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Project Work Plan
Greater Everglades Science Program: Place-Based Studies
Project Work Plan FY 2003
A. GENERAL INFORMATION:
Project Title: Internal Surface-water Flows
Project start date: 10/1995 Project end date: ongoing
Other Investigator(s): Seminole Tribe of Florida, Craig Tepper and SFWMD, Tim Bechtel
Project Summary: Proposed modified water deliveries to Indian Tribal Lands, Big Cypress National Preserve, and Water Conservation Area 3A require that flow at critical points in the interior be measured. The goal is to provide flow data to supplement the current gaging station network in the area south of Lake Okeechobee maintain the status as an integral component of the South Florida Water Management District (SFWMD)/Seminole Indian Tribal Agreement. The accurate determination of flow through the interior canal networks south of Lake Okeechobee and the C-139 basin remains critical for water budgets and regional model calibrations as defined by the Everglades Forever Act of 1994 and due to the CERP initiative to reroute Big Cypress Preserve flows.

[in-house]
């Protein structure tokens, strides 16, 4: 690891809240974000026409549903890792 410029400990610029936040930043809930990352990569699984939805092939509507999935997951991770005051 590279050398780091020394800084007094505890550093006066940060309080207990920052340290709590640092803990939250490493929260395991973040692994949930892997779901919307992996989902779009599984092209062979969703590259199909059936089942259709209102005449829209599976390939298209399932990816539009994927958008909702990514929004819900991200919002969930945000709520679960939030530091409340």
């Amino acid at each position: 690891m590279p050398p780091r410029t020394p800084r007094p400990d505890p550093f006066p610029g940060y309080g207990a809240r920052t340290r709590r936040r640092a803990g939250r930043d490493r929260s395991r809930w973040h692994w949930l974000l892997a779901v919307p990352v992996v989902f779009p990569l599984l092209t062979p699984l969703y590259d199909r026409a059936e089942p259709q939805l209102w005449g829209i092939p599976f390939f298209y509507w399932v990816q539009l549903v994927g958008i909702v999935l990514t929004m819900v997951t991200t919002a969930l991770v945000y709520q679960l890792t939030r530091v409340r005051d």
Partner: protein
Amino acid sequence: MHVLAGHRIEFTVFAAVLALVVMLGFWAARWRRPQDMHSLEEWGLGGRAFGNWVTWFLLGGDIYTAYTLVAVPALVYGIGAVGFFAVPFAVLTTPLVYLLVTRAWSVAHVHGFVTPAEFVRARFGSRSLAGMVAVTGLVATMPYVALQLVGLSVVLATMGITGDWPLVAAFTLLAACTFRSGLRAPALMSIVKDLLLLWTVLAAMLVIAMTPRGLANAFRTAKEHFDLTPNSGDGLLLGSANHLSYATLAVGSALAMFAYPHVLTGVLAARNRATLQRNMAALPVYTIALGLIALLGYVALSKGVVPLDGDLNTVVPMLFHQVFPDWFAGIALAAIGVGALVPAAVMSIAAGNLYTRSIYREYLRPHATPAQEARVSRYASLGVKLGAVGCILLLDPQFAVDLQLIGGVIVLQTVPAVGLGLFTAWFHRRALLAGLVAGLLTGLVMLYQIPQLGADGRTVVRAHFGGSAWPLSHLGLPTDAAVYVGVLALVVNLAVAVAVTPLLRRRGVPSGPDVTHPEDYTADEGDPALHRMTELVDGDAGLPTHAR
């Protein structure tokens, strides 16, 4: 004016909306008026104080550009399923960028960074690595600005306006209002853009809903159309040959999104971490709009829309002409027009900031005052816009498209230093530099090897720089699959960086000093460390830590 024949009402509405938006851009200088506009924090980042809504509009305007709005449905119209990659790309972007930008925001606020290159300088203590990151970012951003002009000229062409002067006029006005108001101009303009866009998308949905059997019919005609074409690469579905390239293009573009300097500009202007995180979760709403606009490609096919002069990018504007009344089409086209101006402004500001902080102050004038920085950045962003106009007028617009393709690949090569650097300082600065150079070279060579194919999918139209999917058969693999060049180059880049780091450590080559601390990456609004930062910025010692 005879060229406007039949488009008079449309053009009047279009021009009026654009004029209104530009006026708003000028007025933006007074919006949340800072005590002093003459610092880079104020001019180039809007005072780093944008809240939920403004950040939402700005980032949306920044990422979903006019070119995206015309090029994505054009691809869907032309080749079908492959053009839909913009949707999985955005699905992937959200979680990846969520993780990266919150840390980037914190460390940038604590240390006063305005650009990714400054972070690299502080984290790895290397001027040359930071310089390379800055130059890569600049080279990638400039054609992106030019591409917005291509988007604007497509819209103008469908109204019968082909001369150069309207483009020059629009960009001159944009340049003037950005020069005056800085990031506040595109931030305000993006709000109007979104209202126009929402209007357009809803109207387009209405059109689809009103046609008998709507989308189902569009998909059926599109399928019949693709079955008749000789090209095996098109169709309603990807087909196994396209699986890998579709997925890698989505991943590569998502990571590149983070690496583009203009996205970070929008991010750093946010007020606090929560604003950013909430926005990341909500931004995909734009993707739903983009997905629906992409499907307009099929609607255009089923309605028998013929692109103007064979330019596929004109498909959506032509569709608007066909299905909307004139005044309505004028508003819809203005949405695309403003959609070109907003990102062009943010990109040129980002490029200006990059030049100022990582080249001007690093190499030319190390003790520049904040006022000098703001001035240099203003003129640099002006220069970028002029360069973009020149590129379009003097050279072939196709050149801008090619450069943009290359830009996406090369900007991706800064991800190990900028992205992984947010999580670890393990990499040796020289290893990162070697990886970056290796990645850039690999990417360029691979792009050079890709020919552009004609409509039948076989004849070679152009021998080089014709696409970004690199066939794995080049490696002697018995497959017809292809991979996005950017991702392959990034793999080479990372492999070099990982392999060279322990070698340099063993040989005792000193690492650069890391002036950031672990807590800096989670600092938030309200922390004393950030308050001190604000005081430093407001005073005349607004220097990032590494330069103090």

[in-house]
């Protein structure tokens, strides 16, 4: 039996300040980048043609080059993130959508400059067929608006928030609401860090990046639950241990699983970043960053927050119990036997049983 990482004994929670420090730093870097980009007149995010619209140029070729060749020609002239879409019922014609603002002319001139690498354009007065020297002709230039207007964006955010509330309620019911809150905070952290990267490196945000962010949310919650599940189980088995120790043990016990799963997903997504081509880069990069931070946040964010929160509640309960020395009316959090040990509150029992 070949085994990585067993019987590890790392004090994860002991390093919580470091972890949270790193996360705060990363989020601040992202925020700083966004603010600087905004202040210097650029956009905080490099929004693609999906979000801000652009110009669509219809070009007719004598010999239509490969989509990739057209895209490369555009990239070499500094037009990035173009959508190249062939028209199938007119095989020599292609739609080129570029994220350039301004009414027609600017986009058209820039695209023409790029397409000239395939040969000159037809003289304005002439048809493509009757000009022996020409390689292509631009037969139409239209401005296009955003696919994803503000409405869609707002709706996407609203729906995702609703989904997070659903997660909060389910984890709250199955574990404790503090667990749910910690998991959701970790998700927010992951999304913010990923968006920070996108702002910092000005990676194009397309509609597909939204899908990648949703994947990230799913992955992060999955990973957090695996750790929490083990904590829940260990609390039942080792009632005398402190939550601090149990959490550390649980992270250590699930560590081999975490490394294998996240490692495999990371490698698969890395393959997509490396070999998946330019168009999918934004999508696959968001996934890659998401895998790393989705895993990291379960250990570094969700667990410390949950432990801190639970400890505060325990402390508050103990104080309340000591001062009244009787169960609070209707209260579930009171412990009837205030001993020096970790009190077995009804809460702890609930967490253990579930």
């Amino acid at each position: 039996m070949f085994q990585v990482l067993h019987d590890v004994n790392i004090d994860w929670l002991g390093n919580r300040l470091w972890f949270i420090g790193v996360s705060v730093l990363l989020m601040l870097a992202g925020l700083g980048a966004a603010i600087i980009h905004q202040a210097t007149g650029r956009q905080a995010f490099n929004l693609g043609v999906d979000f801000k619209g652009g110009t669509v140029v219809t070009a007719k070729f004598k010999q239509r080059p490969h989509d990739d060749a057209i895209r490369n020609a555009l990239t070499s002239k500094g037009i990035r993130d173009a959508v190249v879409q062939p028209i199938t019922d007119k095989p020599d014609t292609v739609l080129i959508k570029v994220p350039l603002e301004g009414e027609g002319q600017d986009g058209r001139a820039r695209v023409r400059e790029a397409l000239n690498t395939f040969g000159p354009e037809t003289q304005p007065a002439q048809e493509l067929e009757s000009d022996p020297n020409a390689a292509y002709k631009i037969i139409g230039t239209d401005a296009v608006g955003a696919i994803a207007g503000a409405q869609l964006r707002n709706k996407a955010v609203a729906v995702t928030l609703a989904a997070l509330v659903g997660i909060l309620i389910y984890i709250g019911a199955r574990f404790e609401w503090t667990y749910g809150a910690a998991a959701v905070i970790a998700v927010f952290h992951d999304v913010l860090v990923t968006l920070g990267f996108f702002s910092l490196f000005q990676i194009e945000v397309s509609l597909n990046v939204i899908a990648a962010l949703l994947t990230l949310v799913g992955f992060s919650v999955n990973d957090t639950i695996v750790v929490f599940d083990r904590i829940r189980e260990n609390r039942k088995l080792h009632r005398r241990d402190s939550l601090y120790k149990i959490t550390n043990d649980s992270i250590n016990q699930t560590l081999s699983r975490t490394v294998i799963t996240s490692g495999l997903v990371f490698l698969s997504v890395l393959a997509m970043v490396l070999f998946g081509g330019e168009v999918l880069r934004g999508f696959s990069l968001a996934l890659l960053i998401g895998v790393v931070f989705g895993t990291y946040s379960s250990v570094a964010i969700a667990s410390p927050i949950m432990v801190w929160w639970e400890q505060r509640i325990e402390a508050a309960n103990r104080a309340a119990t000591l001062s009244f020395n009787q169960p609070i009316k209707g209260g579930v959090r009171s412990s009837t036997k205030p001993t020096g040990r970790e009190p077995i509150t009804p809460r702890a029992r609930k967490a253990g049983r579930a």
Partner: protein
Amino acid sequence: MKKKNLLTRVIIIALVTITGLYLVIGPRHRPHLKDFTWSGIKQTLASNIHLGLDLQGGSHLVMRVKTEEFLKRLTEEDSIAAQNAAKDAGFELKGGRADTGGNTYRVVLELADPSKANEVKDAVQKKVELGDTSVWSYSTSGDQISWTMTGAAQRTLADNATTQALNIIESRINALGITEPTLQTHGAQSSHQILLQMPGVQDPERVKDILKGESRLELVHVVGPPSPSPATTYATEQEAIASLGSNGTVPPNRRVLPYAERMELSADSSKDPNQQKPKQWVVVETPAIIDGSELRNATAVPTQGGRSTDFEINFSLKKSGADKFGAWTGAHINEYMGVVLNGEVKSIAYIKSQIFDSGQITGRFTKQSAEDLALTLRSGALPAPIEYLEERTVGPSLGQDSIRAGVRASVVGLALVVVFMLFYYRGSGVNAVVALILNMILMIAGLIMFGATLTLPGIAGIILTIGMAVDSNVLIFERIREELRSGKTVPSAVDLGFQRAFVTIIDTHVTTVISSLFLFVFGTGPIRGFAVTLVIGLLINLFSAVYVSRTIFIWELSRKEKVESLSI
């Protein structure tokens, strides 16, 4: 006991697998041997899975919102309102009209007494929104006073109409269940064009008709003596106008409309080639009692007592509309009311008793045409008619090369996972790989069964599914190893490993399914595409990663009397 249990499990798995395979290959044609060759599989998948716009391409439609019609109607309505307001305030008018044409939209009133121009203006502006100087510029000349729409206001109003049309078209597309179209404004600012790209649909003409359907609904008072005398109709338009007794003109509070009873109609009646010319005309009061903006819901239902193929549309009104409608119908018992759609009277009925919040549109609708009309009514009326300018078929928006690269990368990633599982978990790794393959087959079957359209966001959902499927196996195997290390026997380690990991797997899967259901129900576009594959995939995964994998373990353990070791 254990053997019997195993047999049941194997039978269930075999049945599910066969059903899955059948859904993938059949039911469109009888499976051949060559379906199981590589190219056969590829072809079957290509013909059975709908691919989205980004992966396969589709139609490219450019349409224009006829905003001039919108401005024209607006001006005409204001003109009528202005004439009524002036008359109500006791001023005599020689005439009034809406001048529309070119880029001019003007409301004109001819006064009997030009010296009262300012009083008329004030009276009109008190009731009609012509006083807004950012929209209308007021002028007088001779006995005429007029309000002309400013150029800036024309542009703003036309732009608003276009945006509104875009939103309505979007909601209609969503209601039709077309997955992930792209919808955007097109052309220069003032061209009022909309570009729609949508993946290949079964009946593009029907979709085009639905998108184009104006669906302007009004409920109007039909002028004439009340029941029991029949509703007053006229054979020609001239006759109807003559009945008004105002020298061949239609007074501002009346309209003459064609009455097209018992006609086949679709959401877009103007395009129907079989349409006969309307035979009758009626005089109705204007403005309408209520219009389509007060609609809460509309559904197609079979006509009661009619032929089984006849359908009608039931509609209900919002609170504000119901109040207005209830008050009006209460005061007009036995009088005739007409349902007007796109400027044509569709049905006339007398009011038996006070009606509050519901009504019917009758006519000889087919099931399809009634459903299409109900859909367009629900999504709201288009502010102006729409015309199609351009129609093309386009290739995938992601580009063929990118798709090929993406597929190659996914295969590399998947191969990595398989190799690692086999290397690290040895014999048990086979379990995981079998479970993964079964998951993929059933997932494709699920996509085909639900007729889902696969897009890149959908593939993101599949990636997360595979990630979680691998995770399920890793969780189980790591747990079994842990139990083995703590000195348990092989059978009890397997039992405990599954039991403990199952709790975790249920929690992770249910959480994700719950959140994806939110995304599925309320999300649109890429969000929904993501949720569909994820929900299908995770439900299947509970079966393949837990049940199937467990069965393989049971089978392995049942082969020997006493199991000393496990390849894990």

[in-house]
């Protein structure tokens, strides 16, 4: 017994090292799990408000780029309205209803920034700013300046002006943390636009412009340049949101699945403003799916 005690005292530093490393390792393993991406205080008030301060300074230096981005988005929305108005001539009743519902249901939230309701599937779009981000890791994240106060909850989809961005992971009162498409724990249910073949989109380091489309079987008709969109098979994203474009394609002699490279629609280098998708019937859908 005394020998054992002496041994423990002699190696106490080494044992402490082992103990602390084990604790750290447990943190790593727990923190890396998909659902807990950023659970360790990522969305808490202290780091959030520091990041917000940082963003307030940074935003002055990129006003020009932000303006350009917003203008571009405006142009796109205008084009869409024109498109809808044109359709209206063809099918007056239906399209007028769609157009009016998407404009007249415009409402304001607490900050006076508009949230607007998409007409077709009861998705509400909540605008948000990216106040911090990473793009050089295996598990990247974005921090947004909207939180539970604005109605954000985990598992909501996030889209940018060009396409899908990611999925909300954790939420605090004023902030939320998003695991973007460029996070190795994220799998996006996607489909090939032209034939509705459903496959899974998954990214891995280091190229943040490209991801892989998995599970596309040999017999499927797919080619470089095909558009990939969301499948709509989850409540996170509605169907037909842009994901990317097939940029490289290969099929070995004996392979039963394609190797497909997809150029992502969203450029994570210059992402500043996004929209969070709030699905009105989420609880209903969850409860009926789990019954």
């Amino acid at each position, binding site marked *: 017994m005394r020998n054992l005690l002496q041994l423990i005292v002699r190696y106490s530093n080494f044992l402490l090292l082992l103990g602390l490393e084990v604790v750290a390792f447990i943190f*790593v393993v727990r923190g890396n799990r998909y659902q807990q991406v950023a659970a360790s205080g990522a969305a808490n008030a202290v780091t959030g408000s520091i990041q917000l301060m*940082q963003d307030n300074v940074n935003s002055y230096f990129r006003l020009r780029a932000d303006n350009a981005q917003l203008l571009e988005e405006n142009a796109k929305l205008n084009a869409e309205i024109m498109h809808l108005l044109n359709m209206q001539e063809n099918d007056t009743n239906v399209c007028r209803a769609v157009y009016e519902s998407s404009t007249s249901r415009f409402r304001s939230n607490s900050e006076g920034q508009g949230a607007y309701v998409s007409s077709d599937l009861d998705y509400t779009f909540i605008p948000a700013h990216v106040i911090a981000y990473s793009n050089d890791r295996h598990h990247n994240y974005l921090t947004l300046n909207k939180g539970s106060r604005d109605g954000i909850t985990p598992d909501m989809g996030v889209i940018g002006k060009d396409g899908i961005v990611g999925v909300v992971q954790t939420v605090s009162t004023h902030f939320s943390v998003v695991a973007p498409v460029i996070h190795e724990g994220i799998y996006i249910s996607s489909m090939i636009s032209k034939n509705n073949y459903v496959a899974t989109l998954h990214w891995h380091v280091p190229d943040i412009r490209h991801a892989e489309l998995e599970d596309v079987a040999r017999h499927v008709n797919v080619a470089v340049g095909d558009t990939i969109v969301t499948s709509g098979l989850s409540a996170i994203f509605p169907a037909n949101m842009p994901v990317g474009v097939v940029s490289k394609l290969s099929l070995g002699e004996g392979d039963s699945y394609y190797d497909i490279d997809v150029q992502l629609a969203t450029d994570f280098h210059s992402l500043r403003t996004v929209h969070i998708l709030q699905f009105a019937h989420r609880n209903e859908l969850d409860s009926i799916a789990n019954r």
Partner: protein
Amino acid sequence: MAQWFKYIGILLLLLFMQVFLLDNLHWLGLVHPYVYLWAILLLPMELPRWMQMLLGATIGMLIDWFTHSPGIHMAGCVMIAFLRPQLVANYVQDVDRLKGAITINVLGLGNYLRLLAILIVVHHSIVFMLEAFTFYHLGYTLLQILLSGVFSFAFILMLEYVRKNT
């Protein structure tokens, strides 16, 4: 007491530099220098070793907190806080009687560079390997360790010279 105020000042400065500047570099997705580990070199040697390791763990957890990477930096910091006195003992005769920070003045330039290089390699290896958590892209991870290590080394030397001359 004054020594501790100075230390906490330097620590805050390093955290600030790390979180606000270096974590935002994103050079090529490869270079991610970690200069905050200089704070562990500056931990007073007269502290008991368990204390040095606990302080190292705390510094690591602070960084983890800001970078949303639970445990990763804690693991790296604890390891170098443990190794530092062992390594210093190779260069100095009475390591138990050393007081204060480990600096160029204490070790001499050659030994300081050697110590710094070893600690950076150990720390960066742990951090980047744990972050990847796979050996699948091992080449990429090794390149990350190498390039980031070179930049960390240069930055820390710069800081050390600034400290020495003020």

Project Objectives and Strategy: The implementation of strategically located stream flow gaging points and associated data collection for nutrients has helped define future surface-water flow requirements and has provided valuable baseline flow data prior to the establishment of the recently constructed northern Storm Treatment Areas (STAs 5 and 6) and the Rotenberger Wildlife Management Area. Generating continuous flow data at selected impact points for interior basins has complemented the existing eastern coastal canal discharge network, and has allowed for more accurately timed surface-water releases while providing flow and nutrient monitoring after recent STA implementation. A unique multi-agency experiment was conducted with much success with the focus on cooperation and development of new instrumentation and acoustic flow-weight auto-sampler protocols. The original data collection and processing was provided by three separate entities at each site with responsibilities originally allocated between the U.S. Geological Survey (USGS), the Seminole Tribe of Florida, and SFWMD. USGS provides calibration, analysis and processing of acoustic velocity meters (AVMs) and side-looking Doppler systems and stage shaft encoders, SFWMD provides data loggers with real-time flow-weighted algorithms, and radio frequency (RF) telemetry instrumentation. The Seminole Tribe provides auto-sampler service and funds nutrient load analysis through the USGS Ocala Lab. The Seminole Tribe of Florida provides 50% of the actual PBS funding for this effort with SFWMD providing indirect labor and instrumentation. One of the primary benefits of this USGS collaboration effort has been the technology transfer that has occurred through contact with Tribe and state entities. This intimate association has allowed USGS technical staff exposure to new techniques involving acoustic flow-weighted nutrient load protocols with relatively minimal funding and manpower investment. The expenditures made by the State are much larger in scope than would be possible for the Interior Flows (PBS) program alone. The USGS, as members of the Seminole Working Group, have gained exposure to unique problems and conditions encountered upstream of Internal Flows stations at similar SFWMD gages and used this knowledge to evaluate water budgets building on the existing emerging acoustic technology required for this type of real-time slow flow load monitoring. Updating the ability to quantify more articulately the effects of this low flow problem in conjunction with flow-weighted nutrient loading calculations provided by SFWMD has allowed USGS personnel the benefits of oversight and technology transfer without the associated significant labor and cost expenditures.